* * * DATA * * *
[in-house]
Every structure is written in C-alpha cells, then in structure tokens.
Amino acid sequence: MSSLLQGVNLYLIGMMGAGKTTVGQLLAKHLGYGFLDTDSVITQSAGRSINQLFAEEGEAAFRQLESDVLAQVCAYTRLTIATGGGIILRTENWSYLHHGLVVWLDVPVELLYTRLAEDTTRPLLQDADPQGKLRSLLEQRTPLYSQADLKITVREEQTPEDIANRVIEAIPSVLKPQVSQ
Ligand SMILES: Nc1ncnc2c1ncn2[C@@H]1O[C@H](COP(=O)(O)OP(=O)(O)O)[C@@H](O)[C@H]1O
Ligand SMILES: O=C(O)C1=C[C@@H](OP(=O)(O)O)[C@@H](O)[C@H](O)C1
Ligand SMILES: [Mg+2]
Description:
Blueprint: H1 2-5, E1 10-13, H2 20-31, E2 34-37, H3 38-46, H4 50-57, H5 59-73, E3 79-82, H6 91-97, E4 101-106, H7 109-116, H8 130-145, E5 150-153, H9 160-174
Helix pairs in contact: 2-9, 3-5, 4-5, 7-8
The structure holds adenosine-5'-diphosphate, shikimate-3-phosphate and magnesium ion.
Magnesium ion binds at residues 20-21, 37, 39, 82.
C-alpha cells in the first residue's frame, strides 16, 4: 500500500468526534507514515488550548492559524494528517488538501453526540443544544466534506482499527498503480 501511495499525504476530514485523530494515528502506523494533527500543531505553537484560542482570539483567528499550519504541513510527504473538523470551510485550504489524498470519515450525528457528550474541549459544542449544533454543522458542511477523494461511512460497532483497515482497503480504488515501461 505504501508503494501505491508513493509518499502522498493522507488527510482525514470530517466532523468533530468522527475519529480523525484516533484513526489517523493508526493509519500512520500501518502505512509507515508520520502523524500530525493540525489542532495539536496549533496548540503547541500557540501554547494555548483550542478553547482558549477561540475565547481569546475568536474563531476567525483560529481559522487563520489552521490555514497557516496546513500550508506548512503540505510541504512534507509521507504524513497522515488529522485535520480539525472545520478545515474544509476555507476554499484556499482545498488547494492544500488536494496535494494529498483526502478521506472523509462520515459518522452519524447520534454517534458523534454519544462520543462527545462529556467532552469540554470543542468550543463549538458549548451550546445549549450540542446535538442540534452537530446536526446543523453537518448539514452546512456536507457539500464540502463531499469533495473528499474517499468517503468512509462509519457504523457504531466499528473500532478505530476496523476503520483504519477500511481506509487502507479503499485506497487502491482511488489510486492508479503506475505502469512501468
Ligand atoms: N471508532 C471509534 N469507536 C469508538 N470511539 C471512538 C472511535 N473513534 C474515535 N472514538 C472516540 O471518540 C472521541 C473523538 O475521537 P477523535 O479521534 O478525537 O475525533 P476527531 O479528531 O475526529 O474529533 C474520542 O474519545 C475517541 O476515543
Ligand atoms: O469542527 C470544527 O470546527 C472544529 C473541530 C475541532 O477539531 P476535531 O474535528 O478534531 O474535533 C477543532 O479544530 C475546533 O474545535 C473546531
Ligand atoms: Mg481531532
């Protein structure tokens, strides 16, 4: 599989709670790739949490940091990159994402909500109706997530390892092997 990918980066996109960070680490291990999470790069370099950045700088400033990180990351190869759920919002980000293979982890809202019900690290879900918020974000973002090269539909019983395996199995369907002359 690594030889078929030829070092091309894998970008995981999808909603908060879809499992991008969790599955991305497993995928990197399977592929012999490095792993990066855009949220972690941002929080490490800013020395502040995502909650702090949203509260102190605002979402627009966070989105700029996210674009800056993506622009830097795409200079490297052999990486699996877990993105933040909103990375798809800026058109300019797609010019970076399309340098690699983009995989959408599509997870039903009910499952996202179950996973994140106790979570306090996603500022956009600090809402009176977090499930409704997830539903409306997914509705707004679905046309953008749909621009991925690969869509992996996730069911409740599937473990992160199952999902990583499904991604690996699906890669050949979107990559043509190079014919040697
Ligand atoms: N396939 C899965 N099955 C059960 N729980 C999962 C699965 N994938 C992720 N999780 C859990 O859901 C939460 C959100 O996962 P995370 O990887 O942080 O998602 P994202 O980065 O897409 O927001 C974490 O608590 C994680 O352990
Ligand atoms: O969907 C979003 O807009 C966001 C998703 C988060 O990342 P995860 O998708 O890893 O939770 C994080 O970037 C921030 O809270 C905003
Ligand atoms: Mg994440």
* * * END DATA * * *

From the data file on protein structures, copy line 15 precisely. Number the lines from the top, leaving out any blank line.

Ligand atoms: Mg481531532